Can Binge Drinking Lead to Alcoholism?
Binge drinking, as defined by the National Institute on Alcohol Abuse and Alcoholism (NIAAA), is when a person brings their blood alcohol concentration (BAC) up to 0.08 g/dL, which is considered the legal limit for driving under the influence in all 50 American states.
Usually, a man can bring his BAC up to binge drinking levels when he drinks five drinks in a two-hour timespan; for a woman, it generally takes four drinks consumed in the same amount of time. Factors like food consumption, metabolism, race, body mass, and other genetic, biological, and environmental aspects can contribute to how quickly a person can raise their BAC and how much alcohol it will take to do so.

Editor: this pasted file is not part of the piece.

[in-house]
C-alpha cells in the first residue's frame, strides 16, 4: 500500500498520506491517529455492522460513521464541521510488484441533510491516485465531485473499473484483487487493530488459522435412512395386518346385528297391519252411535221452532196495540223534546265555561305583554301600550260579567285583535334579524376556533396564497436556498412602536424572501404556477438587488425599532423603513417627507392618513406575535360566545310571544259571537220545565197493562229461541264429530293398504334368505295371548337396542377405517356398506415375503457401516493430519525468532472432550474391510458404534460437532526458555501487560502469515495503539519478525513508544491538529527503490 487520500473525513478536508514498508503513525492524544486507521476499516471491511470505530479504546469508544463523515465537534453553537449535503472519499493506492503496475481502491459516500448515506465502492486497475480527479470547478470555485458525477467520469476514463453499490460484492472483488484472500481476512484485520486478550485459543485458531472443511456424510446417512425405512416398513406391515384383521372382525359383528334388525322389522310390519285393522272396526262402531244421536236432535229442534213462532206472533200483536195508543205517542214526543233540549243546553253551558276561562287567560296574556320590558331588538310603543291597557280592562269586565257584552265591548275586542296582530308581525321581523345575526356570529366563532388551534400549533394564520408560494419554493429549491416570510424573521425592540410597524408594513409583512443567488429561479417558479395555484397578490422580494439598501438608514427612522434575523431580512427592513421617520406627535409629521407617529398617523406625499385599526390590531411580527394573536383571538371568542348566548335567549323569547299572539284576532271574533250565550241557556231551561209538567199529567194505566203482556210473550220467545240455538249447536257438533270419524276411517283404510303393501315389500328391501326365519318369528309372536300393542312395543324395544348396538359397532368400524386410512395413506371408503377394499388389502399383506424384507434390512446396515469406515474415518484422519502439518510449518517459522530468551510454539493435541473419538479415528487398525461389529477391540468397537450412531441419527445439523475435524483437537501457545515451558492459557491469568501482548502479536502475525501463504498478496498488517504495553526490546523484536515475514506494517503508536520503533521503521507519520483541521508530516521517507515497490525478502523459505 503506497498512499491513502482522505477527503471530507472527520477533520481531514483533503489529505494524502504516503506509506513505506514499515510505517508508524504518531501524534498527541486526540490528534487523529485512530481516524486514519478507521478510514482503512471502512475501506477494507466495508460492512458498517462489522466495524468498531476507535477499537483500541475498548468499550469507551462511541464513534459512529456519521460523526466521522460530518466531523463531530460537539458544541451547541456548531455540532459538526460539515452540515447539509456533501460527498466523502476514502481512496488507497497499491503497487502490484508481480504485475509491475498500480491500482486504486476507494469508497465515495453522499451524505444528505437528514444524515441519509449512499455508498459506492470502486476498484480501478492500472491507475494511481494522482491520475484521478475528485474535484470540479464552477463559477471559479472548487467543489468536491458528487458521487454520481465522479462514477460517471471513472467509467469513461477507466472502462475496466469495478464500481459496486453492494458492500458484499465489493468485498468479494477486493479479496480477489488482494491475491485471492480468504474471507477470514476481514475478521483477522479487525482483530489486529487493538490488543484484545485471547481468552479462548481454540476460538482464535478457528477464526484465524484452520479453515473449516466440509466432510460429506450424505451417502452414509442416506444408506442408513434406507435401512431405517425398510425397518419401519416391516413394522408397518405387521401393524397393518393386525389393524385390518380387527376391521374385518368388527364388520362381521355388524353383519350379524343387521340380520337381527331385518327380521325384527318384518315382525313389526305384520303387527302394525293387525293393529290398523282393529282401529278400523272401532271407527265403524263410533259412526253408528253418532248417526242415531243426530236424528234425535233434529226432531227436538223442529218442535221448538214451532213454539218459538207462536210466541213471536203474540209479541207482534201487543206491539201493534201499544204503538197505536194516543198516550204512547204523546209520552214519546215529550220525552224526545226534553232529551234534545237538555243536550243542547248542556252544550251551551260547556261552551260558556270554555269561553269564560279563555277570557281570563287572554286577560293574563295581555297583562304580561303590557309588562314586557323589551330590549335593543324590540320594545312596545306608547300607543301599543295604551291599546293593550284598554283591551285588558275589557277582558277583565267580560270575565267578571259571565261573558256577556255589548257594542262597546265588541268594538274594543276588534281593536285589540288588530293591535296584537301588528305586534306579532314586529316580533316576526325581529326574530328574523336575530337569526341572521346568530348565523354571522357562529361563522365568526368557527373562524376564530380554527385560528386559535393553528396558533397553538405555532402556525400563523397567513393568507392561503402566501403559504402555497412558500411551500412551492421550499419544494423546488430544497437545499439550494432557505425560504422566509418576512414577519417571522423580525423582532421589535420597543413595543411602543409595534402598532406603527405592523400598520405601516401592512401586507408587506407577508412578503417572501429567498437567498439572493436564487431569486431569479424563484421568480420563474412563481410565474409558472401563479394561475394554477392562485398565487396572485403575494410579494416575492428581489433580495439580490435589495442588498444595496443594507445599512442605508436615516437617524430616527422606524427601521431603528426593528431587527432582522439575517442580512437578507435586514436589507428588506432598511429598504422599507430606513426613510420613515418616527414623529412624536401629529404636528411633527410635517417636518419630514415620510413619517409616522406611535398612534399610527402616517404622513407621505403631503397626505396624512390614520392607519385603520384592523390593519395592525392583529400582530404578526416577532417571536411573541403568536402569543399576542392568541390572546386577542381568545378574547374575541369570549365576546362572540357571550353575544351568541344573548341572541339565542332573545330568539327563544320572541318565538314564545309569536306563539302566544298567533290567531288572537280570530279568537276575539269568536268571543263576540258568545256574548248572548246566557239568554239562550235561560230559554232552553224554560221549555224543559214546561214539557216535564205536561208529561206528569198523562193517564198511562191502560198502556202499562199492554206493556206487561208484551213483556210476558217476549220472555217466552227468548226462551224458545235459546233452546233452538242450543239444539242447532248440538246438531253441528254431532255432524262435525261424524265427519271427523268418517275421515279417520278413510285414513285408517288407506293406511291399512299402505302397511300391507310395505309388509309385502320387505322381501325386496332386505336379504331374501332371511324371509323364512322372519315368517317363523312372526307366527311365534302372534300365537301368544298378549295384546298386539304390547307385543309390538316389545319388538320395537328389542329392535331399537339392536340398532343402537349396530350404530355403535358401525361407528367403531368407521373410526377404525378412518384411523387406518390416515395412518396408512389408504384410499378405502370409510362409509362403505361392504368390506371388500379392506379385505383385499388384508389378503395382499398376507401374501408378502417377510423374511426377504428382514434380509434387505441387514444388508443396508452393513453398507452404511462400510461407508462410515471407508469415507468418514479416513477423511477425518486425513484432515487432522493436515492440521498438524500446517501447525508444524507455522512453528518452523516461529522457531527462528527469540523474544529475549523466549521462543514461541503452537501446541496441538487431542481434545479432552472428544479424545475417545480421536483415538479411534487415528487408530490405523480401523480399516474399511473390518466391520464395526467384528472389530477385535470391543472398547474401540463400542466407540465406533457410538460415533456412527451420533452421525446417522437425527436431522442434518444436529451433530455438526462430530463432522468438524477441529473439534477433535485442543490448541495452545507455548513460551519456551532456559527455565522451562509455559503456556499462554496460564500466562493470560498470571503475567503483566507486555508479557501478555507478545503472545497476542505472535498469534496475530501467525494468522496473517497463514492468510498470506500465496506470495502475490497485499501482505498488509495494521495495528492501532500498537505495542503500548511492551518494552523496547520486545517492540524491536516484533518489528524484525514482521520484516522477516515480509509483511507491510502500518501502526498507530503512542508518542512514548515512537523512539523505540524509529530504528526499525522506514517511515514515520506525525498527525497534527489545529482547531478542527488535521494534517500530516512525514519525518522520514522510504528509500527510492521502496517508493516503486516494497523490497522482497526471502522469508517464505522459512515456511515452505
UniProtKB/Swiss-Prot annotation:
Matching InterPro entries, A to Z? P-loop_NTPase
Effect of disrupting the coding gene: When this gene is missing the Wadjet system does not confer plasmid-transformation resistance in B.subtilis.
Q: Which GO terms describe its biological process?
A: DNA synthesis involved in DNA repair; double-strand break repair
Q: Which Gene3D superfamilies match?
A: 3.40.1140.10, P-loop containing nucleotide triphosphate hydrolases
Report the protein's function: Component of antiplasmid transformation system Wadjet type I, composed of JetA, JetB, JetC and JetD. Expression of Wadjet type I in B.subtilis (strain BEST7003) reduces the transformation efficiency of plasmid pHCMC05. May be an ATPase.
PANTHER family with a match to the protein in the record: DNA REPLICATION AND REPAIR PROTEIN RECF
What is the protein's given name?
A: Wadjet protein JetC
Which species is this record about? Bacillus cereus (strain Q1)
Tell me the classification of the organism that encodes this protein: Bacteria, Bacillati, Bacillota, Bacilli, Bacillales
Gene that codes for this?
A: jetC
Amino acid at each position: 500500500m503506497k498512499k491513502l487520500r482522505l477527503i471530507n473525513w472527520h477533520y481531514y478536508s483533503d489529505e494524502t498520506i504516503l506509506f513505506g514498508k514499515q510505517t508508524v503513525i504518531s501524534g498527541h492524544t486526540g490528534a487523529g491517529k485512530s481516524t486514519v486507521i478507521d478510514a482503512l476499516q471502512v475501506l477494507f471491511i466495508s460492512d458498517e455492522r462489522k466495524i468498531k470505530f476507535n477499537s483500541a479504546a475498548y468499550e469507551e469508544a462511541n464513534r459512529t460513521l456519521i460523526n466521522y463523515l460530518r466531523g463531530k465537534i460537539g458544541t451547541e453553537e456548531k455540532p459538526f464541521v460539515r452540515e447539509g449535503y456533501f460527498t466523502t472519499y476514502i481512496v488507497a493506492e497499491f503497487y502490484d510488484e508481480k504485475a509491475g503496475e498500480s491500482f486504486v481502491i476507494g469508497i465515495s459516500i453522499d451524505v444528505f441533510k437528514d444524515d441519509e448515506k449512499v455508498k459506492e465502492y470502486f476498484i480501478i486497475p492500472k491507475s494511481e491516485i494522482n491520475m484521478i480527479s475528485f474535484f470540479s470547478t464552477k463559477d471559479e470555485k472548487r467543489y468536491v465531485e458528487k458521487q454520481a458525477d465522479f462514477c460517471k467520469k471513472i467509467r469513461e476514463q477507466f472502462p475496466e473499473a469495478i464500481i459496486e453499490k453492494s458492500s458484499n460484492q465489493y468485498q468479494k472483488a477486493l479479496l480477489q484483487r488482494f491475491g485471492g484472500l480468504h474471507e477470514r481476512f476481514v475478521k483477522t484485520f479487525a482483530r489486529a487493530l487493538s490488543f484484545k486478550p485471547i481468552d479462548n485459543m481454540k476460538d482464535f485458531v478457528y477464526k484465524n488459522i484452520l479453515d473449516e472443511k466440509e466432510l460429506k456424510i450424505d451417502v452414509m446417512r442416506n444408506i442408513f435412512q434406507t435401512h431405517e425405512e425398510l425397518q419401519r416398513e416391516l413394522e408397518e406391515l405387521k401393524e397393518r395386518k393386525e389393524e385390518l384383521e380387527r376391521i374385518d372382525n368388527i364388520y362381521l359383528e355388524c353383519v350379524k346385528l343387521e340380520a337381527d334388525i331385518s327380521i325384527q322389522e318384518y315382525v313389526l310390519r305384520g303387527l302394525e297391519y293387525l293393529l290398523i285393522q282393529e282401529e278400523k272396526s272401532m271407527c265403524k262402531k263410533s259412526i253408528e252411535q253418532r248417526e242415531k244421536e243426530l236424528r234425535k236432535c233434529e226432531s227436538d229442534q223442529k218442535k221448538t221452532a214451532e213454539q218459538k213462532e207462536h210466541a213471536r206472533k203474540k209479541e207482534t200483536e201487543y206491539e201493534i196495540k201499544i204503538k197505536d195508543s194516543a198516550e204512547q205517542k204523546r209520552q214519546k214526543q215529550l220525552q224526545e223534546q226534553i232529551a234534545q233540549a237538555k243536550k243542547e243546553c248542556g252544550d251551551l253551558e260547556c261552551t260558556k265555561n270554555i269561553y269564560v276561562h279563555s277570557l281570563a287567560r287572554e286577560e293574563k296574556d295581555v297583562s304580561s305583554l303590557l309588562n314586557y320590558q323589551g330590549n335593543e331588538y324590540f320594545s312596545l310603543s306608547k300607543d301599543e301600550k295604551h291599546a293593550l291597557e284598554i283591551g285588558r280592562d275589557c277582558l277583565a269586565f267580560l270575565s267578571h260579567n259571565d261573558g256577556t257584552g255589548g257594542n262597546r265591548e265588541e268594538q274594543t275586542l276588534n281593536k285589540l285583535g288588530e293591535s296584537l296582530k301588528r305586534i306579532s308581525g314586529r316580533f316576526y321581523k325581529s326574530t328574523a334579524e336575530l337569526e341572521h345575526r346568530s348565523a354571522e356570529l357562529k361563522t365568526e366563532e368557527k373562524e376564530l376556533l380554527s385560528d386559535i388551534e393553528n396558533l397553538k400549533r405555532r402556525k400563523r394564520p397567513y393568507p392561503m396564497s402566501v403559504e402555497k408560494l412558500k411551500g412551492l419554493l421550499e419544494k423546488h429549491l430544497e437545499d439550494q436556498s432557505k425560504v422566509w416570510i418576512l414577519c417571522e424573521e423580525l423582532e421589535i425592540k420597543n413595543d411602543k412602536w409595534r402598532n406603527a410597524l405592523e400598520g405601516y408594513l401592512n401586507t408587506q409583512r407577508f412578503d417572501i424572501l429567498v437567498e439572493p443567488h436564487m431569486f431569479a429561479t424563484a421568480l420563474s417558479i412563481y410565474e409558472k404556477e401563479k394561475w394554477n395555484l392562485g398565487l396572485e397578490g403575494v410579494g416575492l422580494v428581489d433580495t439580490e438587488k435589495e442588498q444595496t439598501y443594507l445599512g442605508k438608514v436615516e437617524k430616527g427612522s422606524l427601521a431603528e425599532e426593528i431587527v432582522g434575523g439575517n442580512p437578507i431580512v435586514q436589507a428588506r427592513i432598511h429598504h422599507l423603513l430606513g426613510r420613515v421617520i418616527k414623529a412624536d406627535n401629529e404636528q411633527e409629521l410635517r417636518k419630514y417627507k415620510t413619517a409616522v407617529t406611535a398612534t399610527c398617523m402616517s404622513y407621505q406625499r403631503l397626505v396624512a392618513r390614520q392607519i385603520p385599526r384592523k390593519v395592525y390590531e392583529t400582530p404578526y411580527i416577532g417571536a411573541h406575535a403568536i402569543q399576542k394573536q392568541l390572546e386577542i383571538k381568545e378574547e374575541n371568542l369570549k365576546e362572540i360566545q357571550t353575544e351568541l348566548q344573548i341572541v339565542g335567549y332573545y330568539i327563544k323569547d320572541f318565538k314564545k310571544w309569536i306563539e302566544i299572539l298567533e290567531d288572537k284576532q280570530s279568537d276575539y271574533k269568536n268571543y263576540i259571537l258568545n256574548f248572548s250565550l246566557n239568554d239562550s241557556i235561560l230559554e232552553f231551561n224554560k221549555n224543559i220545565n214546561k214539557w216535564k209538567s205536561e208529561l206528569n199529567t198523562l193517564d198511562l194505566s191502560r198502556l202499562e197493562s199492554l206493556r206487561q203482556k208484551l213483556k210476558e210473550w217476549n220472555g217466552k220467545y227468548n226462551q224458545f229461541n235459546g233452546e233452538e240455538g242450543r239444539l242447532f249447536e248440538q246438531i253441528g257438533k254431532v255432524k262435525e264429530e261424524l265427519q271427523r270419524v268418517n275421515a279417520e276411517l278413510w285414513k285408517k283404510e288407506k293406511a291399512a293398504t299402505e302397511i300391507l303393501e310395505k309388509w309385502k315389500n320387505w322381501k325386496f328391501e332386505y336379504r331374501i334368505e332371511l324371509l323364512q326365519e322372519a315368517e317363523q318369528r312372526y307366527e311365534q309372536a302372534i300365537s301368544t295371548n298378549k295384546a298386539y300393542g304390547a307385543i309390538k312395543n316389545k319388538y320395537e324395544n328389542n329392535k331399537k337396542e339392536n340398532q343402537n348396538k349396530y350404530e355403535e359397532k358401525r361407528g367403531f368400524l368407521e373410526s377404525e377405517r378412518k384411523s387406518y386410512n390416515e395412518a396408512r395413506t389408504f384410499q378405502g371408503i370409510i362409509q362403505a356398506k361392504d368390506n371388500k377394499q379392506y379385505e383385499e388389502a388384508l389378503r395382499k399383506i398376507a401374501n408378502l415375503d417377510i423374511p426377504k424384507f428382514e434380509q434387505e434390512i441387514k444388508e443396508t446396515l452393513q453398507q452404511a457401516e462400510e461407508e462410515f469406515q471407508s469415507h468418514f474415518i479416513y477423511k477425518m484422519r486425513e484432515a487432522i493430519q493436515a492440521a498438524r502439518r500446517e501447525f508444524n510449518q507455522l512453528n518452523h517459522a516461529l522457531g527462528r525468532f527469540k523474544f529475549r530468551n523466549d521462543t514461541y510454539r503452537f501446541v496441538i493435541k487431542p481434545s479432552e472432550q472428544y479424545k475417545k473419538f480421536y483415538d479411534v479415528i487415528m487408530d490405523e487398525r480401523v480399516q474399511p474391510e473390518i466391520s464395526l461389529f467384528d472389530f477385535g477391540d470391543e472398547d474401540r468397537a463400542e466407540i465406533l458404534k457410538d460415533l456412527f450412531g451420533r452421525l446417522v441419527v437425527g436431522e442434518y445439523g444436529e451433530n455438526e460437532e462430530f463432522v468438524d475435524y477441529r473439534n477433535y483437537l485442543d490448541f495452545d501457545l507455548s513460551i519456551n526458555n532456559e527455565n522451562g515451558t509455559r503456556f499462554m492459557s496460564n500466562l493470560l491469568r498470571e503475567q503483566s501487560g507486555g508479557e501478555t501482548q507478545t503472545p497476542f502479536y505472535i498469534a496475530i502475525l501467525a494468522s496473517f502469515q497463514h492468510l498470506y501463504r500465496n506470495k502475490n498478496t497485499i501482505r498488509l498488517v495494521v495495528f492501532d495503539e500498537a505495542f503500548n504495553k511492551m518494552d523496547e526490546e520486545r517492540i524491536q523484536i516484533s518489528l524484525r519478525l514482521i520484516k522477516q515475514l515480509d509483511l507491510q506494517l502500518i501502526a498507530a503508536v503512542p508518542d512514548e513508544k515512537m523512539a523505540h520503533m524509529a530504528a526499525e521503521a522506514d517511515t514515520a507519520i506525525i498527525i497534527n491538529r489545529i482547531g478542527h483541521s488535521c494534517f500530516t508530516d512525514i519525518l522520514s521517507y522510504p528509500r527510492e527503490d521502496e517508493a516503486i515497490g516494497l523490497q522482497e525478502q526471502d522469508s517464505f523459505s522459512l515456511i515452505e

The Centers for Disease Control and Prevention (CDC) reports that within the United States, binge drinking is considered the most deadly, expensive, and frequent pattern of excessive alcohol use. Nearly one-third of American adults reported past-month binge drinking in 2015, according to NIAAA. The CDC reports that one out of every six adults in the United States binge drinks around four times a month, drinking as many as eight drinks in a sitting.
The Risks of Binge Drinking
Binge drinking is a risky pattern of alcohol consumption that can cause a wide range of potential issues, including heightened danger for getting into an accident or being the victim of a crime, a host of physical health problems, unsafe sexual practices, increased risk-taking behaviors, memory and learning issues, and social and emotional problems. Binge drinking can also potentially lead to alcohol dependence and addiction.